Bovine tuberculosis is continuing to infect other animal species, with the spread being blamed on diseased badgers.
A herd of free-range pigs that came into contact with badgers in woodland has been confirmed as having the disease. The farm in the West Country has been placed under movement restriction since the herd tested positive.
“The pigs were born and reared in the wood and have had no contact with any cattle, let alone infected cattle,” said their owner, who asked not to be named for fear of reprisals by pro-badger groups.
The local Animal Health division confirmed it was a strain of bovine TB that was common in the area. The lesions were in the pig’s head.
“I cannot now sell or move my free-range pigs. My livelihood has been taken away,” the farmer said.
“I was told by government officials that I could wipe out the herd and start again. But where’s the point. How can the government vets expect the pigs to get clear of the disease when they are in a wood full of diseased wildlife?” he said.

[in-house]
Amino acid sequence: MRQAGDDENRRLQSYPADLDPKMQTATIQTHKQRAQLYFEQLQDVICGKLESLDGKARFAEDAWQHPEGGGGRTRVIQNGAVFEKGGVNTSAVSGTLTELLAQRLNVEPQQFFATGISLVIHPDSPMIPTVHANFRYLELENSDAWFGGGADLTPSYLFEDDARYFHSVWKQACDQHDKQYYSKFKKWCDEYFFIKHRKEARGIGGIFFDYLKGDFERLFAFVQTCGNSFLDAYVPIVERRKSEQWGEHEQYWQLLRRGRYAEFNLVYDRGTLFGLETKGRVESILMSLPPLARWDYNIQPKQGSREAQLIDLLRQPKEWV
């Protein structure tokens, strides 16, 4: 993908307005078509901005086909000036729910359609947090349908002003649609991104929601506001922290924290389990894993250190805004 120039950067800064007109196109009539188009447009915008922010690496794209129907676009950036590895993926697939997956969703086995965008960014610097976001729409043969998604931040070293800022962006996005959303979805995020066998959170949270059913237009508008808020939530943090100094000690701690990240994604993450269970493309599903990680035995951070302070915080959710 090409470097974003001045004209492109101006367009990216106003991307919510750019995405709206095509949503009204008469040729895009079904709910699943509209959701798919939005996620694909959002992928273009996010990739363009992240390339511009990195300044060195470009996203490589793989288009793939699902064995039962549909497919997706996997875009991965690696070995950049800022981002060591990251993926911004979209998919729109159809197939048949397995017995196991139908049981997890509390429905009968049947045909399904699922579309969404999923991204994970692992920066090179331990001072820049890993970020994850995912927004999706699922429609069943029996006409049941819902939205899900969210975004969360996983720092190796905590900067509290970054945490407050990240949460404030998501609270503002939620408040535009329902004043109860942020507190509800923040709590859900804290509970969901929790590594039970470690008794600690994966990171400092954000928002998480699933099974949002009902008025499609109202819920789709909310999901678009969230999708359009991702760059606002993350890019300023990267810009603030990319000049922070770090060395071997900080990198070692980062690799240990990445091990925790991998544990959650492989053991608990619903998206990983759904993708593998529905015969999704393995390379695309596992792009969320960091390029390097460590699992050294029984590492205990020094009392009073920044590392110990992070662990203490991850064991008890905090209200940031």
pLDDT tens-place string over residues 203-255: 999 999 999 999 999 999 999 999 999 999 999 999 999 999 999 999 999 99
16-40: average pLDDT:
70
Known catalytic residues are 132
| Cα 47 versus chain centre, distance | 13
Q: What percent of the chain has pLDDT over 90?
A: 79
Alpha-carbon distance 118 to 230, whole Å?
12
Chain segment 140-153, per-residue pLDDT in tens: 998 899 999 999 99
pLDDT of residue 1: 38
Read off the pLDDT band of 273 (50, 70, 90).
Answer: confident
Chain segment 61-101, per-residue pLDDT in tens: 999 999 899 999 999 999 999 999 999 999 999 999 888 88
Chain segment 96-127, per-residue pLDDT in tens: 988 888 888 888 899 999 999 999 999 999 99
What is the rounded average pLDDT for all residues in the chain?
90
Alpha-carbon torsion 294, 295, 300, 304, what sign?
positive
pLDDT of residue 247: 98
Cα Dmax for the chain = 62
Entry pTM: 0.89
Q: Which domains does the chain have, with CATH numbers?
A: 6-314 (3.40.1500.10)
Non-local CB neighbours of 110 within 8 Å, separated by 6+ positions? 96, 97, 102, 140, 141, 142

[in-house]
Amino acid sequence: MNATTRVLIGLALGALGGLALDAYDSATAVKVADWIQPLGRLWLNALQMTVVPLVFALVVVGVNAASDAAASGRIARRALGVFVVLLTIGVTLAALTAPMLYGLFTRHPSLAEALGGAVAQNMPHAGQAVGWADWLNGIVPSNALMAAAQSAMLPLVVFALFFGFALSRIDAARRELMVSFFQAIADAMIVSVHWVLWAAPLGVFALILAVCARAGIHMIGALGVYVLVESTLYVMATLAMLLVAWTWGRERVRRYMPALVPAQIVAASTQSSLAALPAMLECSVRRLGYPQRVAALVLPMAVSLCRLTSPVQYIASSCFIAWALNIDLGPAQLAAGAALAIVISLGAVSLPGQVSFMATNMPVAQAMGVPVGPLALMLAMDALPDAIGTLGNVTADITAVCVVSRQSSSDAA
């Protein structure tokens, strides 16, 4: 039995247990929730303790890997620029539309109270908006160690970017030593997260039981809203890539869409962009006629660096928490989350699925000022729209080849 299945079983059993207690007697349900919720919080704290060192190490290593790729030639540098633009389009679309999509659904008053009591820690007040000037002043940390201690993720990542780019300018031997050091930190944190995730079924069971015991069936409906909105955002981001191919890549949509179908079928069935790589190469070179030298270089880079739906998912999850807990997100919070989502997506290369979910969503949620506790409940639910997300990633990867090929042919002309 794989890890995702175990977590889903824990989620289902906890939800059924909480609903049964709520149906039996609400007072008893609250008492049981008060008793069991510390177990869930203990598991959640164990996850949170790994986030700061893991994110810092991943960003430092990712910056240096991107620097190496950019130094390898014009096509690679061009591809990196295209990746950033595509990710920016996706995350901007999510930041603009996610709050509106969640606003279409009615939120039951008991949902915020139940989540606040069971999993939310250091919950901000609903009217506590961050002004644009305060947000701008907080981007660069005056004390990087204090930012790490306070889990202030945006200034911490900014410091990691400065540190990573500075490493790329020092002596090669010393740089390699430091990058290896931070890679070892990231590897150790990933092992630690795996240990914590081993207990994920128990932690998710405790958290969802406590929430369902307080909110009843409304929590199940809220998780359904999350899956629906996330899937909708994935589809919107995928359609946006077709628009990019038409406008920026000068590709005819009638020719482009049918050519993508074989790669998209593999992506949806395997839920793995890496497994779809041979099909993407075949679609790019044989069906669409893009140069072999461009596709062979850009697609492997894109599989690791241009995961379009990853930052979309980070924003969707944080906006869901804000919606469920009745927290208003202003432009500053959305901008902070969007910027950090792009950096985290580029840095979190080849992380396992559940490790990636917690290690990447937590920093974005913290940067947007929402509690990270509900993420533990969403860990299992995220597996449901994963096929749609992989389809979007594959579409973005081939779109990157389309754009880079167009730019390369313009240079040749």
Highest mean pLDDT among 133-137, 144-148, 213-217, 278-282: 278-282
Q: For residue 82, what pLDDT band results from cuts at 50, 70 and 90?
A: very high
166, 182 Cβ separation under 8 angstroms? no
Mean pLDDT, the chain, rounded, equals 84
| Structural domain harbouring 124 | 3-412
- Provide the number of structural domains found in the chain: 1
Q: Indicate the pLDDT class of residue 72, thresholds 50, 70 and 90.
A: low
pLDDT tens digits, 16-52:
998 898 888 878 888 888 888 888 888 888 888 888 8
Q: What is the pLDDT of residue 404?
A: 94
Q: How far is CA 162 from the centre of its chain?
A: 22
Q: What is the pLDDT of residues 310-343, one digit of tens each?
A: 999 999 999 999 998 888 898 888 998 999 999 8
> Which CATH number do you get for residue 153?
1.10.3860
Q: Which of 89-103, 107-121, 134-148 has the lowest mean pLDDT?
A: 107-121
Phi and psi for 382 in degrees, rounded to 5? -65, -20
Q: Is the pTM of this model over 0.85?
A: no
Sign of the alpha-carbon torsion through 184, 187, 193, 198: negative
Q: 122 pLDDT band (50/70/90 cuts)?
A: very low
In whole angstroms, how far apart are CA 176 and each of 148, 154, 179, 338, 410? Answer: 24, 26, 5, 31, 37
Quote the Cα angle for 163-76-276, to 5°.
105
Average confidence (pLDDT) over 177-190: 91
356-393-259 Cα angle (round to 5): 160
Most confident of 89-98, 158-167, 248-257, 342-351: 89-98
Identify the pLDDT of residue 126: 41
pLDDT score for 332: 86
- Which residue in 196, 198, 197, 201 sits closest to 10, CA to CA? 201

He added that ministry officials had inspected the badgers in the wood, which were “very sick”.
“They took a dead badger with them. But I have heard nothing since. It is a month since the visit.
“I don’t think the government realises that every month that goes by allows the disease to tighten its grip on the countryside. It is spreading fast.”
Vets told Farmers Weekly that the most likely cause of infection on the farm was through contact with diseased wildlife.
Andrew Biggs of the TB eradication group said the site of the TB lesions in the pig’s head suggested that it had consumed infected material – possibly the dead or dying badger. It also raised concerns about the increasing level of TB in the environment, said Mr Biggs.
Animal Health did not respond to requests for a comment, but a DEFRA spokeswoman said: “TB is not normally considered to be particularly contagious among pigs or to spread easily from pigs to other animals.”
She added that in most cases, the disease was self-limiting and no extensive TB control measures were required.